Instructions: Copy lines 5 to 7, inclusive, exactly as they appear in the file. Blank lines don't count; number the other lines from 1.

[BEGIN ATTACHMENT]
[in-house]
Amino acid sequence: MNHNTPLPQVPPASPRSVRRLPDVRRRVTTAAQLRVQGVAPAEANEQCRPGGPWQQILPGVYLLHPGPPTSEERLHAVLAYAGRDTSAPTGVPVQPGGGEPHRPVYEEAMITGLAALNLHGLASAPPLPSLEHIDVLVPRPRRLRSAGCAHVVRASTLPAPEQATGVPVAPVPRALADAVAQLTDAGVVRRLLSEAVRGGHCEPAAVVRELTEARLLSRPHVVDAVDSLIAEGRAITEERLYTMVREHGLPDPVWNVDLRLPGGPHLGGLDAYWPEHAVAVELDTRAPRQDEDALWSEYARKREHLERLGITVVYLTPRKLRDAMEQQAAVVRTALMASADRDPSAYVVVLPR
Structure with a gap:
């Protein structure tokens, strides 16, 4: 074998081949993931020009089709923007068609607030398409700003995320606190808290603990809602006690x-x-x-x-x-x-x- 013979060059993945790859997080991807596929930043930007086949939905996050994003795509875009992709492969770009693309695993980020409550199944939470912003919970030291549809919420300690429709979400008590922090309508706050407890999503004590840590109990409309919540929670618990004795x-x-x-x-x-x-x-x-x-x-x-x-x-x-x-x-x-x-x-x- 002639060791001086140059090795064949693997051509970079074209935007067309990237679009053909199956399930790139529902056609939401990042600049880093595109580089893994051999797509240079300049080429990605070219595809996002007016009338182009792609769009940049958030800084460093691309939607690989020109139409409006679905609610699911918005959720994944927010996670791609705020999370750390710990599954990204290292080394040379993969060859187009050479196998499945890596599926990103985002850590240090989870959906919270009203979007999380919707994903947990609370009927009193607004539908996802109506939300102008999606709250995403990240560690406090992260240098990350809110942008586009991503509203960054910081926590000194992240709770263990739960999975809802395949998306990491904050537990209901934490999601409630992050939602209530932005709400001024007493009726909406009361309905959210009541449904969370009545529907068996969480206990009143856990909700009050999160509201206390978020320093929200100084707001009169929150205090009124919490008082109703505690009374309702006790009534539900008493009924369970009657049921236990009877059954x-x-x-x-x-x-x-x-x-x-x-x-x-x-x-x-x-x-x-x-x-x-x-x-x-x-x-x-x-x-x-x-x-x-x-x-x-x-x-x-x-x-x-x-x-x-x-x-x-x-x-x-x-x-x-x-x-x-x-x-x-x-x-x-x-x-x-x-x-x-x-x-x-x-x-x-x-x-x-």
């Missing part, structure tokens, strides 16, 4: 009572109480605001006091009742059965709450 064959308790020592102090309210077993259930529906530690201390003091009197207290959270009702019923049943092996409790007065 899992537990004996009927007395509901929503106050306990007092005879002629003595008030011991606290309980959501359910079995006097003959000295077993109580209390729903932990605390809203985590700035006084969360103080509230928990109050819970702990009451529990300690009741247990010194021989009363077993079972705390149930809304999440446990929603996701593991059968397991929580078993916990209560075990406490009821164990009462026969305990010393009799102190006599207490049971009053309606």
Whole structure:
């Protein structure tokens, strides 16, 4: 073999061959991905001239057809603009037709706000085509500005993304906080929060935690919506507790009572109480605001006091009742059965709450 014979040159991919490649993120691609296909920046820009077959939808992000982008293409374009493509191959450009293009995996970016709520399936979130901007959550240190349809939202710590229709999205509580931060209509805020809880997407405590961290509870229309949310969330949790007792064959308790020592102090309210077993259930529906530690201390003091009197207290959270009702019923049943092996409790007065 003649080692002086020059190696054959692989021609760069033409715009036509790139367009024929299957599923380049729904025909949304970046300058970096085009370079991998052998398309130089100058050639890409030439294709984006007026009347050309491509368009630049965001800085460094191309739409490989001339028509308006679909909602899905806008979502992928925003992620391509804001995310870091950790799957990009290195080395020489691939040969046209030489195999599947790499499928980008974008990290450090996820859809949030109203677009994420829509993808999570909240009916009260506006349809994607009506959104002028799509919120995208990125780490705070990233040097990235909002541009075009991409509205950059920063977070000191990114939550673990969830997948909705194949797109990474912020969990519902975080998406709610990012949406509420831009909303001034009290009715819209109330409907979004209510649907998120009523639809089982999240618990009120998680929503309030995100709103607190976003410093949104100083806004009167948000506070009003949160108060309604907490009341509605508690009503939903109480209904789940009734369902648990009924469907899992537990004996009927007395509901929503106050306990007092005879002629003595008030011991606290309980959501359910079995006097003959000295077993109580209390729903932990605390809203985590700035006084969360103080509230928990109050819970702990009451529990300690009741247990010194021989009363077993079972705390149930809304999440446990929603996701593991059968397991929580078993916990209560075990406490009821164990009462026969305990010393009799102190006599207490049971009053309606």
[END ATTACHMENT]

């Missing part, structure tokens, strides 16, 4: 009572109480605001006091009742059965709450 064959308790020592102090309210077993259930529906530690201390003091009197207290959270009702019923049943092996409790007065 899992537990004996009927007395509901929503106050306990007092005879002629003595008030011991606290309980959501359910079995006097003959000295077993109580209390729903932990605390809203985590700035006084969360103080509230928990109050819970702990009451529990300690009741247990010194021989009363077993079972705390149930809304999440446990929603996701593991059968397991929580078993916990209560075990406490009821164990009462026969305990010393009799102190006599207490049971009053309606």
Whole structure:
């Protein structure tokens, strides 16, 4: 073999061959991905001239057809603009037709706000085509500005993304906080929060935690919506507790009572109480605001006091009742059965709450 014979040159991919490649993120691609296909920046820009077959939808992000982008293409374009493509191959450009293009995996970016709520399936979130901007959550240190349809939202710590229709999205509580931060209509805020809880997407405590961290509870229309949310969330949790007792064959308790020592102090309210077993259930529906530690201390003091009197207290959270009702019923049943092996409790007065 003649080692002086020059190696054959692989021609760069033409715009036509790139367009024929299957599923380049729904025909949304970046300058970096085009370079991998052998398309130089100058050639890409030439294709984006007026009347050309491509368009630049965001800085460094191309739409490989001339028509308006679909909602899905806008979502992928925003992620391509804001995310870091950790799957990009290195080395020489691939040969046209030489195999599947790499499928980008974008990290450090996820859809949030109203677009994420829509993808999570909240009916009260506006349809994607009506959104002028799509919120995208990125780490705070990233040097990235909002541009075009991409509205950059920063977070000191990114939550673990969830997948909705194949797109990474912020969990519902975080998406709610990012949406509420831009909303001034009290009715819209109330409907979004209510649907998120009523639809089982999240618990009120998680929503309030995100709103607190976003410093949104100083806004009167948000506070009003949160108060309604907490009341509605508690009503939903109480209904789940009734369902648990009924469907899992537990004996009927007395509901929503106050306990007092005879002629003595008030011991606290309980959501359910079995006097003959000295077993109580209390729903932990605390809203985590700035006084969360103080509230928990109050819970702990009451529990300690009741247990010194021989009363077993079972705390149930809304999440446990929603996701593991059968397991929580078993916990209560075990406490009821164990009462026969305990010393009799102190006599207490049971009053309606």